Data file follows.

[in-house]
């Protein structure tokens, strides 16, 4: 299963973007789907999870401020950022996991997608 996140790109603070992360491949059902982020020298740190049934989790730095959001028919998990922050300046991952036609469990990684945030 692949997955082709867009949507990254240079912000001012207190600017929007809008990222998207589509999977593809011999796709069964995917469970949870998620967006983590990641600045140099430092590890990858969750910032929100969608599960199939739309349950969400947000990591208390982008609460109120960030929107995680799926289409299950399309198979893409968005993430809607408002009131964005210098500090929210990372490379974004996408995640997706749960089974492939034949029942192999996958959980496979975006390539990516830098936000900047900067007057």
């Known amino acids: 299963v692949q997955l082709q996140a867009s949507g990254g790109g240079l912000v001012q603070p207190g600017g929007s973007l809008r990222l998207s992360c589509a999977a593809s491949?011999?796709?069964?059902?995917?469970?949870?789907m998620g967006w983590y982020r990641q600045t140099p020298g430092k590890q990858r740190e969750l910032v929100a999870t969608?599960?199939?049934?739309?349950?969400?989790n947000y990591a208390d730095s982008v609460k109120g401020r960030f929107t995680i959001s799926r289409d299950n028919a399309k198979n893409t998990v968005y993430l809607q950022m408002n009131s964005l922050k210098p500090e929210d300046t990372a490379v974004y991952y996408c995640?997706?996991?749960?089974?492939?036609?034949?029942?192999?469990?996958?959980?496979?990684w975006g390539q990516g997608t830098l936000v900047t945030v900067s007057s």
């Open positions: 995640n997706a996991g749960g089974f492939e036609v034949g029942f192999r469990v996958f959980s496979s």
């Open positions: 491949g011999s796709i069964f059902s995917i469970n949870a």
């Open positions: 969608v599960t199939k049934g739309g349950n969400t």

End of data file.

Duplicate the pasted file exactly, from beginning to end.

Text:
[in-house]
């Protein structure tokens, strides 16, 4: 299963973007789907999870401020950022996991997608 996140790109603070992360491949059902982020020298740190049934989790730095959001028919998990922050300046991952036609469990990684945030 692949997955082709867009949507990254240079912000001012207190600017929007809008990222998207589509999977593809011999796709069964995917469970949870998620967006983590990641600045140099430092590890990858969750910032929100969608599960199939739309349950969400947000990591208390982008609460109120960030929107995680799926289409299950399309198979893409968005993430809607408002009131964005210098500090929210990372490379974004996408995640997706749960089974492939034949029942192999996958959980496979975006390539990516830098936000900047900067007057």
């Known amino acids: 299963v692949q997955l082709q996140a867009s949507g990254g790109g240079l912000v001012q603070p207190g600017g929007s973007l809008r990222l998207s992360c589509a999977a593809s491949?011999?796709?069964?059902?995917?469970?949870?789907m998620g967006w983590y982020r990641q600045t140099p020298g430092k590890q990858r740190e969750l910032v929100a999870t969608?599960?199939?049934?739309?349950?969400?989790n947000y990591a208390d730095s982008v609460k109120g401020r960030f929107t995680i959001s799926r289409d299950n028919a399309k198979n893409t998990v968005y993430l809607q950022m408002n009131s964005l922050k210098p500090e929210d300046t990372a490379v974004y991952y996408c995640?997706?996991?749960?089974?492939?036609?034949?029942?192999?469990?996958?959980?496979?990684w975006g390539q990516g997608t830098l936000v900047t945030v900067s007057s």
């Open positions: 995640n997706a996991g749960g089974f492939e036609v034949g029942f192999r469990v996958f959980s496979s």
């Open positions: 491949g011999s796709i069964f059902s995917i469970n949870a």
């Open positions: 969608v599960t199939k049934g739309g349950n969400t």